Like malware marauding as an enticing link, the bacteria attract and then infect.
Fruit flies are generally pretty good at avoiding hazards. They can detect when food is infected with a dangerous mold or when a parasitic wasp is nearby, said Markus Knaden, a researcher at the Max Planck Institute for Chemical Ecology in Jena, Germany, who was involved in the study. In both cases, the flies won’t lay their eggs near the infectious agent. That’s why Knaden and colleagues at Cornell University were so surprised when they found that flies were actually attracted to other insects with a certain bacterial infection.
“If you’re sitting in a theater and someone next to you is coughing, you move to another chair,” said Bill Hansson, one of the Max Planck authors of the study, published Wednesday in the journal Nature Communications. They expected flies to behave the same way, but instead, healthy flies found their sick friends to be extremely attractive.
This particular bacteria, Pseudomonas entomophila, is toxic to several types of insects, but not humans or plants, so it could be useful in controlling agricultural pests. While the flies were not attracted to the bacteria itself, they were infatuated with other infected flies — and their bacteria-filled feces.
It’s common for fruit flies to use their strawlike proboscises to probe the feces of their fly friends. They are attracted to their neighbors' droppings, which generally signal that a food source is nearby, and they often visit a potential mate’s droppings before copulating, Knaden said. This attraction is driven by pheromones, specialized hormones that signal: “Hey friends, over here” or “I’m lonely and looking for a mate.”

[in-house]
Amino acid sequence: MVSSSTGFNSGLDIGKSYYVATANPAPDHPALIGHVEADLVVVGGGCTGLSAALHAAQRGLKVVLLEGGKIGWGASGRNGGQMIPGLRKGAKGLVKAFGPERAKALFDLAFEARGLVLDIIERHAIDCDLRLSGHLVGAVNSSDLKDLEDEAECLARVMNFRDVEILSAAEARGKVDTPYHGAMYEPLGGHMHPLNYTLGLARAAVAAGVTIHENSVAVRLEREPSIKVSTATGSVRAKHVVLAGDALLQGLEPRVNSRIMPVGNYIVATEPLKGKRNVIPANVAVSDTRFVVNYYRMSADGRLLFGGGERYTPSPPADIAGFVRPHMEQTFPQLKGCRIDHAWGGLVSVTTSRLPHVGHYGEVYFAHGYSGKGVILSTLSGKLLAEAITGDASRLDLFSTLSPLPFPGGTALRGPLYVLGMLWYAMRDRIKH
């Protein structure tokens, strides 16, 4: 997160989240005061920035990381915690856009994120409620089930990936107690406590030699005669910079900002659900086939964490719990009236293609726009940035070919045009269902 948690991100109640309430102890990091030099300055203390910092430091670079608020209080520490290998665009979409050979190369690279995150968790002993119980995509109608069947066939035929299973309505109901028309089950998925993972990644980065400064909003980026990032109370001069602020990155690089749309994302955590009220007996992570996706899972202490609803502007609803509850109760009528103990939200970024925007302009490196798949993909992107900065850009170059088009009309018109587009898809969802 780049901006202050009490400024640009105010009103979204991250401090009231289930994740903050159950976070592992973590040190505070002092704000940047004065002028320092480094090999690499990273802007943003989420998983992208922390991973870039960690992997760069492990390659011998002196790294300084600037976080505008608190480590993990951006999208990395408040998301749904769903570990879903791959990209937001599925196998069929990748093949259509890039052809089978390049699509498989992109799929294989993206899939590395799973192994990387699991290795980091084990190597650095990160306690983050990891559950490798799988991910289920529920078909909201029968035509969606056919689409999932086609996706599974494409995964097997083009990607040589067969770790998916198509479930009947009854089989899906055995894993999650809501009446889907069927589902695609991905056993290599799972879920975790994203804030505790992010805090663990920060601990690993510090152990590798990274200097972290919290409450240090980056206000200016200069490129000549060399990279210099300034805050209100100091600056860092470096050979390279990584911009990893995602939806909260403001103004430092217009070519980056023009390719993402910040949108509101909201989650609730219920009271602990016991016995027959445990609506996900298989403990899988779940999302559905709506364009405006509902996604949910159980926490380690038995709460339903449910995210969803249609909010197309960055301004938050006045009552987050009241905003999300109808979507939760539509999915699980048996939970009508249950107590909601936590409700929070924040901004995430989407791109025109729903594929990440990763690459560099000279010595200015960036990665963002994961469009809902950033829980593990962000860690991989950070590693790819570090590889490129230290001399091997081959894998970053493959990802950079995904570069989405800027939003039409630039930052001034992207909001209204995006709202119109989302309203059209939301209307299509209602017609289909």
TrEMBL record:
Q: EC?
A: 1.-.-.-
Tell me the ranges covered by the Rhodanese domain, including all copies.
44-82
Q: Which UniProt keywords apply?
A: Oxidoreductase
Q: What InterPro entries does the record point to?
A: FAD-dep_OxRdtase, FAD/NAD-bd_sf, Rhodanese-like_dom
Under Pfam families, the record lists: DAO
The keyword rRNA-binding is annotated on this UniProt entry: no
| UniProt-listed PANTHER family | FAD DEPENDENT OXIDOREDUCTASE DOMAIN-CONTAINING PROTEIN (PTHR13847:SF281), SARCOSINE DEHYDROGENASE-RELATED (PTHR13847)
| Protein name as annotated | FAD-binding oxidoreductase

Knaden and his colleagues showed that flies infected with the bacteria churned out 20 to 30 times more pheromones than healthy flies, with the peak in hormone output occurring shortly before death. Healthy flies were more likely to visit feces from infected flies, and male flies preferentially tried to mate with infected females.
The researchers engineered the bacteria to produce fluorescent proteins, so they could track their infection throughout the fly life cycle. Live, glowing bacteria were present in the droppings of infected flies. The researchers suggest that the bacteria cause the flies to produce more pheromones to attract other flies, which are easily infected when they go sniffing around the sick fly’s feces. How the bacteria accomplish this feat is still a mystery; that’s the question the team hopes to tackle next, Hansson said.
This is not the first example of a pathogen or parasite manipulating its host. There is a fungus that infects ant brains and directs the insects to die in a place suitable for fungal growth, a parasite that makes rats attracted to cats, and bacteria that cause plants to release compounds that lure insects.
“We might have similar things going on in humans,” said Hansson. For example, there is evidence that mosquitoes prefer to feed on people infected with malaria. There may be some chemical signal the malaria parasite causes people to emit that draws mosquitoes, which then spread the disease.
Despite the many examples, the mechanisms by which pathogens control their hosts are poorly understood in most cases. “This is the first time a pathogen has been clearly shown to have such a strong effect on pheromone production,” Hansson said.
Insect pheromones are an active area of research in part because they can be used as a specific, nontoxic form of pest control. Once the pheromone of an insect pest is identified, scientists can work to synthesize the compound and use it in traps that will specifically attract problem bugs while not harming beneficial insects such as bees or lady beetles.
Anyone who has had a kitchen infested with fruit flies might be on the bacteria’s side in this battle. “There’s a pretty big market for traps in supermarkets,” Hansson said.